1

Is there a better word or phrase for an item on a menu than "menu item"? I'm talking about restaurant menus, not user interface menus. "Menu item" is so dry...

"Restaurant dishes" doesn't work very well, because some of the things on a typical menu aren't dishes (cocktails for example).

  • How will this be used? And in what circumstance is menu item invalid for the audience? – SrJoven Nov 21 '14 at 21:38
  • Would the word "options" suit better? – Liesmith Nov 21 '14 at 22:06
  • Cocktails, Appetizers, entrees, main course, desserts chicken, pasta, seafood, salad. House Specials. Soup de jour, pomme frite combos.... All are 'menu items' – Wayfaring Stranger Nov 21 '14 at 22:18
  • Food and drinks? – A E Nov 21 '14 at 22:30
  • I'm designing software, and I need to express this concept in documentation and in the user interface. Menu item isn't too bad, but I was hoping for something a little more flavorful. Also, in software, one runs the risk that menu item will be interpreted to mean something relating to the interface of the software itself. – Bill Lipa Nov 22 '14 at 4:37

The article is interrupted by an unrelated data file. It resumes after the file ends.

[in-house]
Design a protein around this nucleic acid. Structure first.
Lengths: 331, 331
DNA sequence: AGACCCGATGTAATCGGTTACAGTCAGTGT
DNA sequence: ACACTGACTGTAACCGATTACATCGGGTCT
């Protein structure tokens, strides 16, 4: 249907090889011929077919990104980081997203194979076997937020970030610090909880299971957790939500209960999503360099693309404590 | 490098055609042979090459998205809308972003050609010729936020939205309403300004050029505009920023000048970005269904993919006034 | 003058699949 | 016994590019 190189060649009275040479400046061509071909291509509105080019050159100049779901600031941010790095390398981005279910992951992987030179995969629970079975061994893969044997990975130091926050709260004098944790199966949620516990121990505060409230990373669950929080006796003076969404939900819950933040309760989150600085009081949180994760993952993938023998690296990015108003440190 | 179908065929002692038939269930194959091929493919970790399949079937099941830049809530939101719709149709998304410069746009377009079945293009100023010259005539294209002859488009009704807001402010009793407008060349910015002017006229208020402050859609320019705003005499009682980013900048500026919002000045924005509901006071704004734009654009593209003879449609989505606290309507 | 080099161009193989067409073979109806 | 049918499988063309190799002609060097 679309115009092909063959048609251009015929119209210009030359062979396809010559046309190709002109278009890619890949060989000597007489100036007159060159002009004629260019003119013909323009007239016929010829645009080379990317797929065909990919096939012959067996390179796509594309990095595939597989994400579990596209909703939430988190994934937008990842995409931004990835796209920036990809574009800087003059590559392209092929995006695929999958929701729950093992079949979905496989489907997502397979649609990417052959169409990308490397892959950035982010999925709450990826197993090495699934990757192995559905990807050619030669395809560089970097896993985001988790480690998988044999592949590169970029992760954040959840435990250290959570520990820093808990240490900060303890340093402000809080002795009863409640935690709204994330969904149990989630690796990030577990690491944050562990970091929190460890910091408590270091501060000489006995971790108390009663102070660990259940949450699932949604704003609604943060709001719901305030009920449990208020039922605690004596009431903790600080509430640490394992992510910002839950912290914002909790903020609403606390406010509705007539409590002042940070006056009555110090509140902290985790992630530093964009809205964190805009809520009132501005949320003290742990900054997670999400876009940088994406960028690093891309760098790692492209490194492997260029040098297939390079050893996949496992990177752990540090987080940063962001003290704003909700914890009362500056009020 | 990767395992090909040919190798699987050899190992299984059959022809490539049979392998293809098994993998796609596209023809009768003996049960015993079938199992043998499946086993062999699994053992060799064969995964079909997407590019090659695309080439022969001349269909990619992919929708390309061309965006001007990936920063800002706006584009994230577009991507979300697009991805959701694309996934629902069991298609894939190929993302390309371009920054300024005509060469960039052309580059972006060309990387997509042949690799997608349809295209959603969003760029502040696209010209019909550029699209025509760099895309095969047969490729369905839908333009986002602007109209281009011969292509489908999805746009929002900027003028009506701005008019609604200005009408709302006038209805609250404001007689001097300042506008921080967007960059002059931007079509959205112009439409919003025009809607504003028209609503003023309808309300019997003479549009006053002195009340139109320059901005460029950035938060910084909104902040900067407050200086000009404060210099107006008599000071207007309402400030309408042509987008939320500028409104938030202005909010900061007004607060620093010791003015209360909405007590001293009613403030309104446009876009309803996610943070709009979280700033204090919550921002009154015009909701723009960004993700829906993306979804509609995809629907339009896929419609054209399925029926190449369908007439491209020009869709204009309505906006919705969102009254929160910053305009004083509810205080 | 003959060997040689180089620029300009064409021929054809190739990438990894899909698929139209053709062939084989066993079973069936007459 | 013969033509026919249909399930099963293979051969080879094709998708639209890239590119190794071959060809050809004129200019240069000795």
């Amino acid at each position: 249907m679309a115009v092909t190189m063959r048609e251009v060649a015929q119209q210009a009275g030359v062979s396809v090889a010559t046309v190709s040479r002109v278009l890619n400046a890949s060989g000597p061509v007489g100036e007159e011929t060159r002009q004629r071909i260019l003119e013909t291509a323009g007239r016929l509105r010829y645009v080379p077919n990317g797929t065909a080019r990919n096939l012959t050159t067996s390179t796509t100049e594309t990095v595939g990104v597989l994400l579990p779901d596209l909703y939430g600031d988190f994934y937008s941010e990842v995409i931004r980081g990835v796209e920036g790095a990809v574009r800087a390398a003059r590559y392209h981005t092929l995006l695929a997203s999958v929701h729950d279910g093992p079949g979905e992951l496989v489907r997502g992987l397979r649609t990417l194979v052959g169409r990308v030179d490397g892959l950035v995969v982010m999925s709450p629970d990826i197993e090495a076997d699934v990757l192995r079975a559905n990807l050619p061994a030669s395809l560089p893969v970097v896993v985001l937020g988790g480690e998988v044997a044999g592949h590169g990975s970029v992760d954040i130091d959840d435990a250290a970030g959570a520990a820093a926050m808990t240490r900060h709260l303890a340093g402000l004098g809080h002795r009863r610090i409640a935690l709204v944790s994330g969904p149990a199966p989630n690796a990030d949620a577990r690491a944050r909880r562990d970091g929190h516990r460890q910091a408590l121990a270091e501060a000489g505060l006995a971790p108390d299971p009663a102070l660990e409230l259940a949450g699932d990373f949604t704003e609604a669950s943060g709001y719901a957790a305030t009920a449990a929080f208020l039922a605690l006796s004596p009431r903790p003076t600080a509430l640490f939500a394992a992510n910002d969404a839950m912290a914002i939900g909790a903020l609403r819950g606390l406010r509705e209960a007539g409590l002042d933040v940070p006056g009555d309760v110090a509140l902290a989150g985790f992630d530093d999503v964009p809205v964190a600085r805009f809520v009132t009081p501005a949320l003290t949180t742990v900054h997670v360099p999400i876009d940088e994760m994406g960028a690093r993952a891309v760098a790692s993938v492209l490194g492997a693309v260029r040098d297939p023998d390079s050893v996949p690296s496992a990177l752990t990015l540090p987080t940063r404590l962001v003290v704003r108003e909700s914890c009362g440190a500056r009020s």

1

If you are looking for a term that will fit any section on the menu - entrées, fowl, pasta, soups, desserts, beverages, etc - then it's got to be item, listing or choice

|improve this answer|||||
  • Choice is what most people in the US would use in this context, I think. Another alternative for your list could be entry. – Drew Nov 22 '14 at 2:30
  • These are not bad, but they are lacking the idea that it's a restaurant. – Bill Lipa Nov 22 '14 at 4:38
1

It depends on the client and the use. If its restaurant industry people using it, you'll be fine with something like "Food & Beverages".

If its consumer facing, it depends on the brand image the client wants to project - what you choose needs to fit their brand. "Cuisine and Libations" wouldn't work with McDonalds but could be a perfect fit for the new hipster joint in the trendy part of town.

Unless its set in stone once you create it, keep it simple - Food and Drinks.

|improve this answer|||||
0

Why do you need to use a cliche? Print something like 'Here is what we can do for you..." with italic or handwritten font.

Although, Centaurus suggested "Choice" and it's very good.

|improve this answer|||||

Your Answer

By clicking “Post Your Answer”, you agree to our terms of service, privacy policy and cookie policy

Not the answer you're looking for? Browse other questions tagged or ask your own question.